Beat the Devil

David Hare
Sky Arts

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Ralph Fiennes Credit: Manuel Harlan

In many ways, Beat the Devil is an archetypal David Hare work. First seen on stage at the Bridge Theatre last year, the solo performance piece written and directed by the theatrical knight is a visceral response to COVID-19 written during and immediately after his recovery from the virus.

Rather than playing himself, Sir David allows a very sensitive Ralph Fiennes to deliver a very passable impression in a mock-up of the playwright’s studio, which is almost certainly not a mock-up but the real thing.

This writer has frequently sought to replicate real life on stage, generally on a much bigger scale. At the same time, his primary target has frequently been the foibles of inadequate governments.

As such, even without his own affliction, what he clearly regards as Boris Johnson’s hapless and nonsensical behaviour was a heaven-sent opportunity for bitter satire.

The illness also created an opportunity for instant symbolism, as David Hare was knocked for six, everything tasting of sewage at a time when the country was metaphorically knocked for six and everything tasted of sewage.

The two strands of a 50-minute monologue complement each other as well as telling their own separate stories.

The tale of a fit man laid low by a previously unknown disease about which doctors understood very little more than the victim is alarming but less alarming than might have been the case, given that he has written this play and therefore the outcome, which could have been tragic, has a happy ending.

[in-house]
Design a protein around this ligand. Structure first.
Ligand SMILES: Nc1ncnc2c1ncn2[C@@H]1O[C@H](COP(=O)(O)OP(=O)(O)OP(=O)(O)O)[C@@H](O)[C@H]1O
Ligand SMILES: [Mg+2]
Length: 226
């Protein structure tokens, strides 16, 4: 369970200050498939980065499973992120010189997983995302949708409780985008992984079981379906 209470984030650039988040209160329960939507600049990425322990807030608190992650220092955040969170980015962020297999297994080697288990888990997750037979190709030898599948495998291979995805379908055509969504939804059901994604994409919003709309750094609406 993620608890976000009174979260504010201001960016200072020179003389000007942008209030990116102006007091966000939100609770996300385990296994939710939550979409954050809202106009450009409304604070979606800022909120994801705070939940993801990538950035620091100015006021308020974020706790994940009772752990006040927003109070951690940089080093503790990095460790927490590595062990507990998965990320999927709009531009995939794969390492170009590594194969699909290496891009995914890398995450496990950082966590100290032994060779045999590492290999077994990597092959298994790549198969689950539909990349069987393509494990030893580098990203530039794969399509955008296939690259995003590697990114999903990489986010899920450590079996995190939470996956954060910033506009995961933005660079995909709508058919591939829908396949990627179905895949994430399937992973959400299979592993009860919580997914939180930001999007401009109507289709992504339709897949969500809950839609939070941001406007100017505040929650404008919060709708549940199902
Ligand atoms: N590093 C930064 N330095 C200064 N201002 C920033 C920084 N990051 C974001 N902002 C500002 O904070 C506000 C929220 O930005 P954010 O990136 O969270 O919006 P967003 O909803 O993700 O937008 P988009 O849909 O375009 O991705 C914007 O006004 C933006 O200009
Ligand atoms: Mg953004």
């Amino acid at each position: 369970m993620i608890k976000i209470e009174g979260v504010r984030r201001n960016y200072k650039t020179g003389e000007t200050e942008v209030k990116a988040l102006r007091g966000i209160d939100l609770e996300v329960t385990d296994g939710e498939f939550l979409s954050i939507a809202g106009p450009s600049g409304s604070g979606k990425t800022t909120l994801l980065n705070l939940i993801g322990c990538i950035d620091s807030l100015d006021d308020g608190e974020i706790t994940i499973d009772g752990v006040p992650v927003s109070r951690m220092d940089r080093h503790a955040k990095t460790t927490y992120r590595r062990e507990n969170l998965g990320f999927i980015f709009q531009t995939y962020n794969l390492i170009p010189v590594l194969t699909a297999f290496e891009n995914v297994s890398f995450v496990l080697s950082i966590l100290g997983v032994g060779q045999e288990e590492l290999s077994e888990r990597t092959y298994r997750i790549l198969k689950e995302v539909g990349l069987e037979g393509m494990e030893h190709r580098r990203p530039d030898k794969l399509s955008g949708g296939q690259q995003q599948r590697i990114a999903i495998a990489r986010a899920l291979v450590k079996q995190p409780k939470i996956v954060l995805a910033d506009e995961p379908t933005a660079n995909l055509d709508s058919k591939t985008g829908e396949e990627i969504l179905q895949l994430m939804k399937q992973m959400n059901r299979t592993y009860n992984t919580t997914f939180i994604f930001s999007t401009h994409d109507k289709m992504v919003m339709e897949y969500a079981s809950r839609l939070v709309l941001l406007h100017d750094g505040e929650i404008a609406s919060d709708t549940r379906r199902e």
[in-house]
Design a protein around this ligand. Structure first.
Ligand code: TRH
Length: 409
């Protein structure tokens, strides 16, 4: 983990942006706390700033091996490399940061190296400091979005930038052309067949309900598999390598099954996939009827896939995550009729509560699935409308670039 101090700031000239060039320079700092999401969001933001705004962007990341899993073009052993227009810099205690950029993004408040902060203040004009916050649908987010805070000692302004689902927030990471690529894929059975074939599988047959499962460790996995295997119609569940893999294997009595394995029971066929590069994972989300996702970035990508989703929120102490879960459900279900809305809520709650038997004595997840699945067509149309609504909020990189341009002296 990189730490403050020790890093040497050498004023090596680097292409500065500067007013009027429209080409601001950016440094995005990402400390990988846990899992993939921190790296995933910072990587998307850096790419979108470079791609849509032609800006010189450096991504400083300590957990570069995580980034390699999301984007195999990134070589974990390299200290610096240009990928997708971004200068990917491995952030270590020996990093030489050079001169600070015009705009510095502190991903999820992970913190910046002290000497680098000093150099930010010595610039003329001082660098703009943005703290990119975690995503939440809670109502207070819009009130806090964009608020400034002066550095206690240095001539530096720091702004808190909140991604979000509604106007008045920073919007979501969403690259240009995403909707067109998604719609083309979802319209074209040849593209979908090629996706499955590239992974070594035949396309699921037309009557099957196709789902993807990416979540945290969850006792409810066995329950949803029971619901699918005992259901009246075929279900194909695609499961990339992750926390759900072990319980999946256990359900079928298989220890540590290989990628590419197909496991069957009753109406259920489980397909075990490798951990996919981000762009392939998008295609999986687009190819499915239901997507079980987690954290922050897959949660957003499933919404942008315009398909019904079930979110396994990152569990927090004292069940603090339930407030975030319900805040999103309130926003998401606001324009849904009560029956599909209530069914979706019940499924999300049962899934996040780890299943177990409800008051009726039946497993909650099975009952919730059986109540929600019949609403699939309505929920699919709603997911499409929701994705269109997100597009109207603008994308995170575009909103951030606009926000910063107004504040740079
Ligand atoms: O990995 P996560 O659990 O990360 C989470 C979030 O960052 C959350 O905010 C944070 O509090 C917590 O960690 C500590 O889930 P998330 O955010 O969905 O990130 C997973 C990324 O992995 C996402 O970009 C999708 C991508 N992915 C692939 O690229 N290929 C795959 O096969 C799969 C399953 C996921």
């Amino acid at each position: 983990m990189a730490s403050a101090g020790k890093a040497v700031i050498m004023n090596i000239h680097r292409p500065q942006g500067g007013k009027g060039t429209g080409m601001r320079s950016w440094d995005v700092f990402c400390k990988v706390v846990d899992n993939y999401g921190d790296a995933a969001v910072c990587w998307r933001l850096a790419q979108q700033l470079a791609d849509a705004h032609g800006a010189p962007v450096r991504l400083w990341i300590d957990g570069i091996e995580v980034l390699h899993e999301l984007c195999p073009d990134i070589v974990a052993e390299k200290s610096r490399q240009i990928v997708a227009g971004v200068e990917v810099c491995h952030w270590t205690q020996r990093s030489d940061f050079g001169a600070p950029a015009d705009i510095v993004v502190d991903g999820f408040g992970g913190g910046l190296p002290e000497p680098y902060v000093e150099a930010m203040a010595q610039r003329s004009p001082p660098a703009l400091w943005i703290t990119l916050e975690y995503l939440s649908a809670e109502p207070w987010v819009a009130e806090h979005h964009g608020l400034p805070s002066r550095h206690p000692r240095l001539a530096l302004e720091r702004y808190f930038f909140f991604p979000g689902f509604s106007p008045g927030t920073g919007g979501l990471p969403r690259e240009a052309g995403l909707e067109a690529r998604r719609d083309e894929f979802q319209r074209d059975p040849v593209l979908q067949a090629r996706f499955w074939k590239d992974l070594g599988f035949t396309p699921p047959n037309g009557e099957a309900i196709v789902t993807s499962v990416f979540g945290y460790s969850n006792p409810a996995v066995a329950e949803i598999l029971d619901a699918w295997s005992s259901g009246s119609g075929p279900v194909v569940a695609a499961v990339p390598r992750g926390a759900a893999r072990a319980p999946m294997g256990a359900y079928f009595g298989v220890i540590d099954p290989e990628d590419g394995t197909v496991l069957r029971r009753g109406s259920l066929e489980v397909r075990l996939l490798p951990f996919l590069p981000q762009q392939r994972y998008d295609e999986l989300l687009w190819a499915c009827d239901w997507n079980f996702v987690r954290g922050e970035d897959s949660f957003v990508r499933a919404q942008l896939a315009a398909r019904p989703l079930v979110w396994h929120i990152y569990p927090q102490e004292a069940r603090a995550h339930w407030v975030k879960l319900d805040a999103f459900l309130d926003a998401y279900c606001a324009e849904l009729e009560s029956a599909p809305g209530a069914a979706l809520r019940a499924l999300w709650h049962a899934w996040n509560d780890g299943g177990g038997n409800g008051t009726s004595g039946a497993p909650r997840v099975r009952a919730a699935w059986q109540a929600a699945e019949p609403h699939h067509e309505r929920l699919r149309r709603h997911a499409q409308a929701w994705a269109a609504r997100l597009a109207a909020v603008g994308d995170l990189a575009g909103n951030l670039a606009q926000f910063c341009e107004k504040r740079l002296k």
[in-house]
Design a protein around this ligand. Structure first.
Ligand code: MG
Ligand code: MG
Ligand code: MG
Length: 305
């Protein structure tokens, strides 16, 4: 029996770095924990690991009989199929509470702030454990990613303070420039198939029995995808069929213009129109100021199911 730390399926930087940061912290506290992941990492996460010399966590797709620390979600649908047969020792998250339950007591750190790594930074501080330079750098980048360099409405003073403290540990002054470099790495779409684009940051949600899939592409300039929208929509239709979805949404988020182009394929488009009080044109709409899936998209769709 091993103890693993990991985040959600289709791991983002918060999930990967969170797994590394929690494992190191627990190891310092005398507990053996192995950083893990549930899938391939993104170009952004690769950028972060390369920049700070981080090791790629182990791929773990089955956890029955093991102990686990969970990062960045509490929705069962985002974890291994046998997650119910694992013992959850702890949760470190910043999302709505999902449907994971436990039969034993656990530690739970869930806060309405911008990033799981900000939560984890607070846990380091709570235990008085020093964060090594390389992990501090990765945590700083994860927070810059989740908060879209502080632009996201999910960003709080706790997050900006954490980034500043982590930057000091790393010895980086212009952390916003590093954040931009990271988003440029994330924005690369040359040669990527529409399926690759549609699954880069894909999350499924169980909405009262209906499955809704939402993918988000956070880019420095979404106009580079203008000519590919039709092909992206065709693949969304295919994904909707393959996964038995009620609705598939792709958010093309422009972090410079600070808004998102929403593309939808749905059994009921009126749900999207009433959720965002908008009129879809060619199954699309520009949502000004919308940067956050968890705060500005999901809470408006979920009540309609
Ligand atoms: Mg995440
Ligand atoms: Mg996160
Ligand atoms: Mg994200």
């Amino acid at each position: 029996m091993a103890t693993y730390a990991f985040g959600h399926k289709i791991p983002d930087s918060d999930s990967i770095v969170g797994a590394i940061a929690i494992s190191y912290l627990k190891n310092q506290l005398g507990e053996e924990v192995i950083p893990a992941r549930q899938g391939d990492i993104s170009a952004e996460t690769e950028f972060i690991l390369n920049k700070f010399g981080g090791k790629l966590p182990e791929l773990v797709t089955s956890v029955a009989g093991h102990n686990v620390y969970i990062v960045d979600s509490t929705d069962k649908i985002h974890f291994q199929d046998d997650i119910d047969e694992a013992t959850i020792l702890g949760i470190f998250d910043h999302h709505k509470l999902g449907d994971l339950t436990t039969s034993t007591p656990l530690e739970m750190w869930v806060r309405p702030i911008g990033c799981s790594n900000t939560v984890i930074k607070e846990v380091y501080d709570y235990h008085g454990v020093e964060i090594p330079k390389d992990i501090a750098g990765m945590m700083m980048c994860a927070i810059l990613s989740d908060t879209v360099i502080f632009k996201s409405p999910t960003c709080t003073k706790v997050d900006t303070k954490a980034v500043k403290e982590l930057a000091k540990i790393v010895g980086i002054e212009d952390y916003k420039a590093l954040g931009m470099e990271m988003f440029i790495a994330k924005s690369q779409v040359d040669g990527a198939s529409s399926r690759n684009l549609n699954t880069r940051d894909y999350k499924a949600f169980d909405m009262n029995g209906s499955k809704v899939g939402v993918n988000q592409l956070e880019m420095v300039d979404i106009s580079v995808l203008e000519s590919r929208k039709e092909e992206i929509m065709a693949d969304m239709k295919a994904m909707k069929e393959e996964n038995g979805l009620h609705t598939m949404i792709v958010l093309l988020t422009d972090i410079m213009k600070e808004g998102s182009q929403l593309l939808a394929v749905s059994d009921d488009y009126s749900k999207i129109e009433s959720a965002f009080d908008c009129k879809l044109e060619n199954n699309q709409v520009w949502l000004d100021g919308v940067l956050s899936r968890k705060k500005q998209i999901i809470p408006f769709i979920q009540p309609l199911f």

The same cannot be said for the fates of so many citizens in this country and around the world.

Repeatedly, Sir David rails against what he might, were it not unparliamentary language, refer to as Johnson’s lies, allowing Donald Trump to share in the opprobrium.

Other UK cabinet members also receive short shrift for their callous attitudes and willingness to defend the indefensible while so many of their constituents were literally dying.

This is a short, very direct play that gets close to agitprop in its attempts to eviscerate the government at the same time as showing how a deadly illness affected one of its millions of victims.

Reviewer: Philip Fisher

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